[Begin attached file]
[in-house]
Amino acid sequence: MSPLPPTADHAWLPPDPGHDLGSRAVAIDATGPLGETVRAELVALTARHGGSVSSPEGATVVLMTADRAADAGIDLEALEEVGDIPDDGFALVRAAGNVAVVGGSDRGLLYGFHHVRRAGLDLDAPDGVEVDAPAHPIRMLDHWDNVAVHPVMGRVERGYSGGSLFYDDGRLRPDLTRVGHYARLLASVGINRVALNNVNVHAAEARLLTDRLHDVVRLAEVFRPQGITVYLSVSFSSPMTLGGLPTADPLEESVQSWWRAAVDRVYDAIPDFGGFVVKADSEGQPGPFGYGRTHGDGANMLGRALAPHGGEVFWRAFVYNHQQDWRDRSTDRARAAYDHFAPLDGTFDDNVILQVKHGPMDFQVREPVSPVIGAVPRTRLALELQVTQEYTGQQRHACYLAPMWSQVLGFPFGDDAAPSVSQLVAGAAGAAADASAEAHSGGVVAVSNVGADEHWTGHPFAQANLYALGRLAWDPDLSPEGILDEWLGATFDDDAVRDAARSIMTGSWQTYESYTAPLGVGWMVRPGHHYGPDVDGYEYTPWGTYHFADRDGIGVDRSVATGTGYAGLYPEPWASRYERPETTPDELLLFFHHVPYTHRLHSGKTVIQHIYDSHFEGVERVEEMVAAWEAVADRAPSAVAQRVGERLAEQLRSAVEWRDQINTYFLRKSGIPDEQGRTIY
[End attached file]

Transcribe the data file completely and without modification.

[in-house]
Amino acid sequence: MSPLPPTADHAWLPPDPGHDLGSRAVAIDATGPLGETVRAELVALTARHGGSVSSPEGATVVLMTADRAADAGIDLEALEEVGDIPDDGFALVRAAGNVAVVGGSDRGLLYGFHHVRRAGLDLDAPDGVEVDAPAHPIRMLDHWDNVAVHPVMGRVERGYSGGSLFYDDGRLRPDLTRVGHYARLLASVGINRVALNNVNVHAAEARLLTDRLHDVVRLAEVFRPQGITVYLSVSFSSPMTLGGLPTADPLEESVQSWWRAAVDRVYDAIPDFGGFVVKADSEGQPGPFGYGRTHGDGANMLGRALAPHGGEVFWRAFVYNHQQDWRDRSTDRARAAYDHFAPLDGTFDDNVILQVKHGPMDFQVREPVSPVIGAVPRTRLALELQVTQEYTGQQRHACYLAPMWSQVLGFPFGDDAAPSVSQLVAGAAGAAADASAEAHSGGVVAVSNVGADEHWTGHPFAQANLYALGRLAWDPDLSPEGILDEWLGATFDDDAVRDAARSIMTGSWQTYESYTAPLGVGWMVRPGHHYGPDVDGYEYTPWGTYHFADRDGIGVDRSVATGTGYAGLYPEPWASRYERPETTPDELLLFFHHVPYTHRLHSGKTVIQHIYDSHFEGVERVEEMVAAWEAVADRAPSAVAQRVGERLAEQLRSAVEWRDQINTYFLRKSGIPDEQGRTIY